Stu: From Kim, “Can you please elaborate on permanent casual leave? What are permanent casuals entitled to at the moment?”


    Ed: A good question, Kim. So you might remember there’s this decision called Rossato and WorkPac that came out that sort of everyone was up in arms with in the midst of COVID and…well, I think probably still in the midst of that. But in the midst of COVID and JobKeeper, this decision came out that basically said, “If someone that you might call a casual worker but there are certain characteristics around their work…” Which is broadly speaking that they look a bit more like they’re permanent workforce, then in which case they…notwithstanding the fact that their pay is being enhanced to compensate for the absence of things like personal leave or annual leave, that they in fact accrue that and, therefore, they have that entitlement. So it may be that they have taken time off because they’re sick and you haven’t otherwise paid them or that they may now be saying that they’re entitled to paid holidays and so forth.


    The difficulty is with that decision is that it’s very much like the Mondelez one. It’s being appealed, so we’re basically sitting somewhat in limbo at the moment waiting to see if the High Court’s gonna agree with what is now being said and that you do have to pay permanent casuals this extra money.


    And for employers, the trouble is that someone that comes to you today and says, “You owe me this money” is technically correct if they can be satisfied or show that they are in the category of casuals that gets these entitlements. What we’re advising people to do is to try and manage that situation by saying, “I understand that decision is being appealed. At this stage, I’m not proposing to start paying out entitlements like that to any casuals and will adhere to whatever the decision is when it comes out through the High Court in due course.” But there’s a risk that you get some pushback from employees on that, and you might end up seeing people starting to go to the Fair Work Ombudsman and the Fair Work Ombudsman then challenging employers who are not paying their permanent casual staff properly.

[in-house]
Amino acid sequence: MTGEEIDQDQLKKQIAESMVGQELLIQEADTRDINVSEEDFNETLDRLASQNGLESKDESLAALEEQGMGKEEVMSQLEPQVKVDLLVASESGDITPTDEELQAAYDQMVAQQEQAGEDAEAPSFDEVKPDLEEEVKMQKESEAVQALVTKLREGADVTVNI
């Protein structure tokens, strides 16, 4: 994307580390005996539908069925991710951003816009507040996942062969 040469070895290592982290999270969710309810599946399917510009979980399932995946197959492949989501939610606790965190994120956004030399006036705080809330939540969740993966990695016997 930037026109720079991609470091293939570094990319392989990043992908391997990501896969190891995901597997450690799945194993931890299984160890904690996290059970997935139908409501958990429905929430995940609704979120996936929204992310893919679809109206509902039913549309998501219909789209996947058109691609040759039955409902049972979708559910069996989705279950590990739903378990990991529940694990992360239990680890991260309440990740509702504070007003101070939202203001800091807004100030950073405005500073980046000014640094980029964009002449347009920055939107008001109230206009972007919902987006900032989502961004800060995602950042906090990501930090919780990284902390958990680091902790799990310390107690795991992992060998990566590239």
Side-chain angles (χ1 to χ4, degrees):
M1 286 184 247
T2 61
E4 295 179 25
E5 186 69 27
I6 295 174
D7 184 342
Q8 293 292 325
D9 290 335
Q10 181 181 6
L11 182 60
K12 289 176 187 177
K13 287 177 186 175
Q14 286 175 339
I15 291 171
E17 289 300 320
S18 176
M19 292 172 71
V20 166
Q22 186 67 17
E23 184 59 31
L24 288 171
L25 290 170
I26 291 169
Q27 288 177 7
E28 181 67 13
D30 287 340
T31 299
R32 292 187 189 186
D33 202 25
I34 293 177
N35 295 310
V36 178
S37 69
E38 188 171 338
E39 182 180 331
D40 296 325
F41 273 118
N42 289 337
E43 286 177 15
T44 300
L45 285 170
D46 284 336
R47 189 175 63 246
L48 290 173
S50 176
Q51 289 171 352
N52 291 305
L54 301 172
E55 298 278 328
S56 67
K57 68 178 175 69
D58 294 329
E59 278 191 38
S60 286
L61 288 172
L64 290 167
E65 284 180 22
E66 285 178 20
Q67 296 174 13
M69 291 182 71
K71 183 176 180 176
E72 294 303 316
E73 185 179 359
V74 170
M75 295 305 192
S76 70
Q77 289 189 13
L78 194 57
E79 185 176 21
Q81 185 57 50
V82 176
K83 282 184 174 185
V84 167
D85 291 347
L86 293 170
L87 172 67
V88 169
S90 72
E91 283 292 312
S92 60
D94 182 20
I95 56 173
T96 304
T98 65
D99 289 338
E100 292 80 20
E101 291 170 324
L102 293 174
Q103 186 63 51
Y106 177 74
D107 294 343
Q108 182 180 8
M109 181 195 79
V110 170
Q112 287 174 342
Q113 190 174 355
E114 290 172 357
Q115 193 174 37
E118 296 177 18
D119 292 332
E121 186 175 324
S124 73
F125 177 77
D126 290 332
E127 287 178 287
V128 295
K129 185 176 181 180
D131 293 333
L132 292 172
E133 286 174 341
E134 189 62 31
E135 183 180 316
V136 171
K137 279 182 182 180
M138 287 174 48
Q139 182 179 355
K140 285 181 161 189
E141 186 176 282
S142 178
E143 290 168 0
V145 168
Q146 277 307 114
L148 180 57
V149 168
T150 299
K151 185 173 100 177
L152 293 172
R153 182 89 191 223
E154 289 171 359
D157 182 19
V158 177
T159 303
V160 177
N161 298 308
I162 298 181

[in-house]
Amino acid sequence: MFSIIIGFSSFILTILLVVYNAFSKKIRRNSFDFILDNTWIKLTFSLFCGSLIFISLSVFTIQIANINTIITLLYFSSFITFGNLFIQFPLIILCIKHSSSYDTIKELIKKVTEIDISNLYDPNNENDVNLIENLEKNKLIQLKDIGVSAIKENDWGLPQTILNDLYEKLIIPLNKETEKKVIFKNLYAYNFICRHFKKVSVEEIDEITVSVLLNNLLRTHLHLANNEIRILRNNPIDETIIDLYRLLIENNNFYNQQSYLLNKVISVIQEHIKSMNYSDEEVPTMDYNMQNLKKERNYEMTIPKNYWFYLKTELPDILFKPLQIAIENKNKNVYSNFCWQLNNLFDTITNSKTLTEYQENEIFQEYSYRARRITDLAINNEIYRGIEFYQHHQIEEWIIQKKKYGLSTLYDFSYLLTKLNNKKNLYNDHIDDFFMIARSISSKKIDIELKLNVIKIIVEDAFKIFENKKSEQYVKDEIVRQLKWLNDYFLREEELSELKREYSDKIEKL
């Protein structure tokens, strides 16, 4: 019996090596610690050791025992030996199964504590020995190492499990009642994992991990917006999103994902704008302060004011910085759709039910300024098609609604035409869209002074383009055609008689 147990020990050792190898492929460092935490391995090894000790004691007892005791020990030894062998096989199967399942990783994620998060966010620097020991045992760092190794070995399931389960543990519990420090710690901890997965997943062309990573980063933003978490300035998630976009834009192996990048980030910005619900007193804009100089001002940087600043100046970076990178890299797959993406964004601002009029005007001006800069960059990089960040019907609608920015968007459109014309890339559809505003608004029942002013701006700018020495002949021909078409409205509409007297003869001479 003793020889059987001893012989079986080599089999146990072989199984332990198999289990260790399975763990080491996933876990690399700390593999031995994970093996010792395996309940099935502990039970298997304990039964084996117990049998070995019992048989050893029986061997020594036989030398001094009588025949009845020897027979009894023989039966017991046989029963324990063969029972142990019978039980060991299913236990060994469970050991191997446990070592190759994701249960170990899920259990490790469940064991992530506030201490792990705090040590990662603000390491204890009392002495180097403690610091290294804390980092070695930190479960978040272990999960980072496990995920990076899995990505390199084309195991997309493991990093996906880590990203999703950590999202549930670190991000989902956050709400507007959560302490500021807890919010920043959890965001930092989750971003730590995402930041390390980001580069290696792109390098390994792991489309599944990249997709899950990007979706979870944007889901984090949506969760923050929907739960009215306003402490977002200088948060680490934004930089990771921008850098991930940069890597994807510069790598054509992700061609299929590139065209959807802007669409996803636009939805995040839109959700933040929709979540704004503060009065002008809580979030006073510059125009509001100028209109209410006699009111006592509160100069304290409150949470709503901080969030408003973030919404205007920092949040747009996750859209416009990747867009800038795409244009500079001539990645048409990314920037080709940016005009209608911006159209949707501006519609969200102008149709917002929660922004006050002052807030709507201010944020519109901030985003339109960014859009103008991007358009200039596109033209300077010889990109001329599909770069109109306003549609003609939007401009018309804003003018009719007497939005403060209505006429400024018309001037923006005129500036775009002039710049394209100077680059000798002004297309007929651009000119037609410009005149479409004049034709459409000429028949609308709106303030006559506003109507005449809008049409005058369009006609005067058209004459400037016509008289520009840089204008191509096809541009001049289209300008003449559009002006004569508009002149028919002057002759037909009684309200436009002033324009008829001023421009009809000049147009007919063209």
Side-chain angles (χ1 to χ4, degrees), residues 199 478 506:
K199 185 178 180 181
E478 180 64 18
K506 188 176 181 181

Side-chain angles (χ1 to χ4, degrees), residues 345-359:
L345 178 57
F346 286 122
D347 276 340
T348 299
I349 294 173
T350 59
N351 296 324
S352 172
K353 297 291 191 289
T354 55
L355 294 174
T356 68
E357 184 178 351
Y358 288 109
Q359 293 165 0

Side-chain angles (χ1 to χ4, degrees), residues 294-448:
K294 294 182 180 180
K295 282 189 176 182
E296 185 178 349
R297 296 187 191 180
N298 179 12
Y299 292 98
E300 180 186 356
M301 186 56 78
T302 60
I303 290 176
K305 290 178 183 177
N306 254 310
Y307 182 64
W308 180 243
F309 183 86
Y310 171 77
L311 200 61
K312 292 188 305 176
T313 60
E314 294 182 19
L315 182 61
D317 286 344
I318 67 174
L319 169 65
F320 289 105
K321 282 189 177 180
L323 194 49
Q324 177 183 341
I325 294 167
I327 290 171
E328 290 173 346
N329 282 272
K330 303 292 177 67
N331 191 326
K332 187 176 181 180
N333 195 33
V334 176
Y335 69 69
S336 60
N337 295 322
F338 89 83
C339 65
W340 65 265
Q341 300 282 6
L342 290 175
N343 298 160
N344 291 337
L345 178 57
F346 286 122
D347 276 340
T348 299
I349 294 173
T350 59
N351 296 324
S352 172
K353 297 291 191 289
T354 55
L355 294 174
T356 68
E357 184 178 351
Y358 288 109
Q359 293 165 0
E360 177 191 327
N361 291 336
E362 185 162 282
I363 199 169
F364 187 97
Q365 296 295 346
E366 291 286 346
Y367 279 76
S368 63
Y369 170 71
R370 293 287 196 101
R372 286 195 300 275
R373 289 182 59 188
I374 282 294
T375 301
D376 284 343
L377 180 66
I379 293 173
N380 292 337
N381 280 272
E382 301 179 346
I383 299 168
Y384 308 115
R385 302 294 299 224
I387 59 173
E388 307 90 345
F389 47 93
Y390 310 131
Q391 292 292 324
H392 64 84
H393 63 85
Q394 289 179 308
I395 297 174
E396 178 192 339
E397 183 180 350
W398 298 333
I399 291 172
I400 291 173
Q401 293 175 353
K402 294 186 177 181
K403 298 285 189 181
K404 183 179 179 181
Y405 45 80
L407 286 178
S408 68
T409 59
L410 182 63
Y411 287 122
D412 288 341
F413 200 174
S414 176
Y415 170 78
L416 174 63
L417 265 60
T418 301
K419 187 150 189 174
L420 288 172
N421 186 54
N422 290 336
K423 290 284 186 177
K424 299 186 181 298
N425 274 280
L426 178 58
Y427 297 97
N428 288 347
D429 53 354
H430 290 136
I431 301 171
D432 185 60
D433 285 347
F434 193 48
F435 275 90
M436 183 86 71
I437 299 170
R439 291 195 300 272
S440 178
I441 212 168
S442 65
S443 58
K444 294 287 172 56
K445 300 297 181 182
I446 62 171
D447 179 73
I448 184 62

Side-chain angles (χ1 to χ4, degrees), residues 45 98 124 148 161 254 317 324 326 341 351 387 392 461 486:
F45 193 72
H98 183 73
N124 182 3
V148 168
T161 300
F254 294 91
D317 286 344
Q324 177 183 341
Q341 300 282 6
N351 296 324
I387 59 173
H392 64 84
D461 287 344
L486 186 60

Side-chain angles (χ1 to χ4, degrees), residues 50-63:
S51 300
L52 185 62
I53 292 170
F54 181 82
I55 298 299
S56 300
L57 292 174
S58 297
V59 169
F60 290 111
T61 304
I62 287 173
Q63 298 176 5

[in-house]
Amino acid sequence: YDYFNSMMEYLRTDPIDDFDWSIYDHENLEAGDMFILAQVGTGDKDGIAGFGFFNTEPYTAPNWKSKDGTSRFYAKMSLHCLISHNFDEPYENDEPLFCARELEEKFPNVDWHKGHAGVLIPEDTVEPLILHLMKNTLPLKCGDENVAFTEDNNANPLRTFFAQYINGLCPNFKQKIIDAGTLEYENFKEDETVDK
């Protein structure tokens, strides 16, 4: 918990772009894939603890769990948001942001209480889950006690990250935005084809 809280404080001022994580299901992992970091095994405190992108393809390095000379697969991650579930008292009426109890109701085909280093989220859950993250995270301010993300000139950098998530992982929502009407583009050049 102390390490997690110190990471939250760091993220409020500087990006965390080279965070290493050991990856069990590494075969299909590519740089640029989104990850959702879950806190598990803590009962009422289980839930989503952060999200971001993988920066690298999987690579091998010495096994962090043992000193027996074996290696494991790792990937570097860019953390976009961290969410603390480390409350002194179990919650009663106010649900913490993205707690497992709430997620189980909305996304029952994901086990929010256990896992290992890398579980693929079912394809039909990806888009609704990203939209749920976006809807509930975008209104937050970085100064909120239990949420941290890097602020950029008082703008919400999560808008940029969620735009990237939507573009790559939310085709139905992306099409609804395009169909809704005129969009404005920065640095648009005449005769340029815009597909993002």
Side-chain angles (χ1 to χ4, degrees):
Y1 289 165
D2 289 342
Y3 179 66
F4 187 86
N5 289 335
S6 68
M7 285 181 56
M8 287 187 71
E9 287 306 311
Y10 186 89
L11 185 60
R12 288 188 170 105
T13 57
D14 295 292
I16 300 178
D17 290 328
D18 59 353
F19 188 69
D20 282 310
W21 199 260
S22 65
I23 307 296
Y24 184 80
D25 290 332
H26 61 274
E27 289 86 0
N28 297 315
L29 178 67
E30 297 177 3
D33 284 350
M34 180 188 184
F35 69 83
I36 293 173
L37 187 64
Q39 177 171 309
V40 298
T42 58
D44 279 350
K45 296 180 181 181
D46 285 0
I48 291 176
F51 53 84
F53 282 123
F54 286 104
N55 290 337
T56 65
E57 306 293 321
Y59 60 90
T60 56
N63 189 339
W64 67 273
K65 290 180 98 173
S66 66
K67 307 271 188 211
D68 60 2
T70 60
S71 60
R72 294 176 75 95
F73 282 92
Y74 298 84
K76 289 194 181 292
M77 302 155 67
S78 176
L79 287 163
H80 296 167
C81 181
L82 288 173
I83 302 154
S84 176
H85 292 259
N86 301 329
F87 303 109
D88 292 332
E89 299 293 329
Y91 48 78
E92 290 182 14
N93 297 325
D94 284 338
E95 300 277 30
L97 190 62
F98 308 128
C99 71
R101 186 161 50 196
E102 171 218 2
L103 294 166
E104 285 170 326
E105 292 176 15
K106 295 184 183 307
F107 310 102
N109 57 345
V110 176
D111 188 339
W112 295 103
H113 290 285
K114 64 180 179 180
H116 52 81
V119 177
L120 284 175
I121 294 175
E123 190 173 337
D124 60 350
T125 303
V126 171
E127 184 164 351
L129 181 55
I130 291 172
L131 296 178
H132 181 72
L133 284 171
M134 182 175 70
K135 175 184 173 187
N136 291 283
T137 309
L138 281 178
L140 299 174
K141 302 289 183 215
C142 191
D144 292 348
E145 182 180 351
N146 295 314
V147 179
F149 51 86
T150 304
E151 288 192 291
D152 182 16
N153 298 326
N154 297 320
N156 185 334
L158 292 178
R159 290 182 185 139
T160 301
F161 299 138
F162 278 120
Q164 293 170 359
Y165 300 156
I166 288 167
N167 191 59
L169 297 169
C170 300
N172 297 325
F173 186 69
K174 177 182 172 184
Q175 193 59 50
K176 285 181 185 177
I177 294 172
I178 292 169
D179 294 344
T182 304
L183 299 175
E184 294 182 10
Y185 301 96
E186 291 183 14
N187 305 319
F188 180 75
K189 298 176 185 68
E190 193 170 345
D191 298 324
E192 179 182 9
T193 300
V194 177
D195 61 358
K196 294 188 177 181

Stu: And just an acknowledgement from our tech guys. “Apparently, there is a transmission issue for some people. The majority are getting a good stream, but there is some interruption to some people. We’re looking into it.”


    Ed: It might just be this stuff’s bloody confusing and it’s not a transition. It’s really…you know, I’m finding I’m sort of confusing myself today. They’re two very, very tricky issues that it’s quite hard to advise in the abstract on. You know, the truth is, with the sick leave decision, for good measure, you should be going back and checking what you did and how you’ve done it over the last year, but you definitely need to go and look at the sick leave balances of all of your permanent staff and then the casuals decision is a slightly different one, but there will be lots of tricky situations coming out for people asking for entitlements that are currently entitled to them on the basis of the Rossato decision, but that may change.


    Stu: Okay. This question from Klara. “Do I pay a casual JobKeeper…she has been on it until now…for the six weeks leave she is about to take?”